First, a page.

Argument before the Throne
“The birth of a new Earth Skyll would be impossible without my knowledge,” said the current Earth Skyll, trembling with rage. “And the birth of the Axis Child is beyond laughable.”
Except for the King, Skylls, the Hunter, and Ondred, the Great Throne Room was empty and Elymas’s voice was louder than it needed to be.
Before the King, the Skylls stood predictably in the way they would go. Elymas and Sarris to the left of the dais, Vue and A’Sing to the right with Oren Hunter standing squarely in the middle. Hulse and Calibran, South and West Winds respectively, stood together in the center. If it came to a vote, there was no telling which way they would go, except together.
Hulse was all bluff and bluster and rarely caught the point of anything while Calibran, ever moody, was intelligent but with a will fixed only as far as his strongest emotion. Ondred had stepped back onto the dais, and was on the King’s right. William, his scepter retrieved, held it across his knees.
“I’m not some novice of a single stripe,” continued Elymas scornfully. “The Shautu claims to have seen the Sea Star, but the stars that speak to the Sea Star speak to me as well. Had the Sea Star appeared I would have seen it. As it is, I’ve seen nothing.”
“There was a configuration over the Salt Marsh Sea last summer,” Vue reminded smoothly. “Have you forgotten that?”
“I forget nothing,” snapped Elymas. “I said at the time and I’ll say it again: the light we saw was but a bit of swamp fire, bright and meaningless, tossed on the wind. The suggestion that this, this . . . frenzied vapor and the celebrated Sea Star are one is insane. I was taught the appearance of the Sea Star signified the birth of a child unlike any who has ever been, the one destined to usher in a new age.” He paused. “Tell me, which of you actually believe that the Axis child’s star rose and fell in a swamp?”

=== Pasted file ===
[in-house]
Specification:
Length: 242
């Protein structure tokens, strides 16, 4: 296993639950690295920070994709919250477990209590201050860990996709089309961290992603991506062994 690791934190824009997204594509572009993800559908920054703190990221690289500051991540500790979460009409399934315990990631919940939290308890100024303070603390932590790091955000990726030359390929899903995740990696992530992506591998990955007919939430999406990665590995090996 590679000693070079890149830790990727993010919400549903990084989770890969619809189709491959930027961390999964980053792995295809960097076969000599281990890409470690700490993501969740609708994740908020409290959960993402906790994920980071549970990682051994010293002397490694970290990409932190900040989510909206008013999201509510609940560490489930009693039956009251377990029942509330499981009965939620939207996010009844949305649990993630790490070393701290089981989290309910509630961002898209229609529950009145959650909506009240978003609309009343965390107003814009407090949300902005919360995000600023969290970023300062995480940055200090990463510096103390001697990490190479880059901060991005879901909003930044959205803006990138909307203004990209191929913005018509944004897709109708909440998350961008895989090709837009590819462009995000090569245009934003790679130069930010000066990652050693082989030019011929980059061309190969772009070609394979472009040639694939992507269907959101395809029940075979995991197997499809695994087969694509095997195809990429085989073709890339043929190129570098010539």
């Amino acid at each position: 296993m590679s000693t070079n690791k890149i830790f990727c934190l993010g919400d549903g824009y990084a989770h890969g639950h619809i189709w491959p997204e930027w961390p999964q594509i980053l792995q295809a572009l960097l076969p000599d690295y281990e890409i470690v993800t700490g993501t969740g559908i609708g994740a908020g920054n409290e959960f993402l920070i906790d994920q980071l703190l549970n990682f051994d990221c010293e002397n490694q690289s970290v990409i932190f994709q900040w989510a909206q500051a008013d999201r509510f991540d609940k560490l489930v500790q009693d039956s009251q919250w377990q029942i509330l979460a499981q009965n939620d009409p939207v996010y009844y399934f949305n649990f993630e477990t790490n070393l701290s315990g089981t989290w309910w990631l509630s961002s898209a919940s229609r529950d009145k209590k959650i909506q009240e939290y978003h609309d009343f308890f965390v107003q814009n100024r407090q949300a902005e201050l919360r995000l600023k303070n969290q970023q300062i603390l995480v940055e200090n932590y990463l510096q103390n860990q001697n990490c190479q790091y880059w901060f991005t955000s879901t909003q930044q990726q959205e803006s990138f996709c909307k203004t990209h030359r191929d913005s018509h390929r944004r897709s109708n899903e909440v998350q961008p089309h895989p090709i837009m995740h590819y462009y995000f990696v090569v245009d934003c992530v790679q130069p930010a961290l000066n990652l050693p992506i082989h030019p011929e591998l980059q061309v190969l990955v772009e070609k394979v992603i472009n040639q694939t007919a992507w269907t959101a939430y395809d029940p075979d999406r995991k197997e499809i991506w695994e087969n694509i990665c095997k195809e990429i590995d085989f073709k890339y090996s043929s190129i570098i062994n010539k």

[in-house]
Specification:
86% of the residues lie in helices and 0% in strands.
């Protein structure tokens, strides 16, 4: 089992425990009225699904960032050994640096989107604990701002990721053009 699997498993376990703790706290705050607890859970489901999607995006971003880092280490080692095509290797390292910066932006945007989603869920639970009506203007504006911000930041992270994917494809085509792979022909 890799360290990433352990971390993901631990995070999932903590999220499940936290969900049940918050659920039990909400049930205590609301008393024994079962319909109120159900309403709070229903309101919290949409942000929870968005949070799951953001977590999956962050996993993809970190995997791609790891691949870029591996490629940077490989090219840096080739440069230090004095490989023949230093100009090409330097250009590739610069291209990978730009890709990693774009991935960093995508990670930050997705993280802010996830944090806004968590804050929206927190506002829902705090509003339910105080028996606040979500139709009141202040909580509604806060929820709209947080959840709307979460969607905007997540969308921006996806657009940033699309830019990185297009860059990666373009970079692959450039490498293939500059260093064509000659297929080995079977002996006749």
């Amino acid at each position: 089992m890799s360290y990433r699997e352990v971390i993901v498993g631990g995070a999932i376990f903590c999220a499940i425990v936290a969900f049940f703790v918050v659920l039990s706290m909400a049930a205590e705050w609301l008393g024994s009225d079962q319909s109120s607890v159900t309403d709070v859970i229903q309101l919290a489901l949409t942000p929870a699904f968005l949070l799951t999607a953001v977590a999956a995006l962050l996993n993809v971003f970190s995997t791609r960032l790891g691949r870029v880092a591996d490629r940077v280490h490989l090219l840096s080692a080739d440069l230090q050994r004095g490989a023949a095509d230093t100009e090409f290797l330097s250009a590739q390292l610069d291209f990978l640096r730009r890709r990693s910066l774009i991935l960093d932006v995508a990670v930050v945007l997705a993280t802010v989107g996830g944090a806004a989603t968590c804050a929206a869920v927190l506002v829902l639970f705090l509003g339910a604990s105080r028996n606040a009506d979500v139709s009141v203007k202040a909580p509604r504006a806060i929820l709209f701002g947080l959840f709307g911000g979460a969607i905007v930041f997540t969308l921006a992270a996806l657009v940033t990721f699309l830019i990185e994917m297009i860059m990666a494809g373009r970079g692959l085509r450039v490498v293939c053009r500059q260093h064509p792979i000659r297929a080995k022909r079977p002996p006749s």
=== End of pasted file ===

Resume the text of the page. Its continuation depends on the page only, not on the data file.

None of them answered. Sarris, who’d already sided with Elymas, looked pleased. Hulse and Calibran, who’d begun to believe, looked relieved. Vue and A’Sing tried to mask their embarrassment, but the sensitive fabric of Vue’s robe rippled as he shifted uncomfortably. It was Oren who spoke.
“The Shautu claims this burst of frenzy, as you call it, was indeed the Sea Star. That it should rise and fall in the Salt Marsh was not as troubling to him as the other star patterns that appeared in its wake. The patterns he feared spoke of death, the rise of evil from the Nevers, and an awful wrongness about to be visited upon all lands.”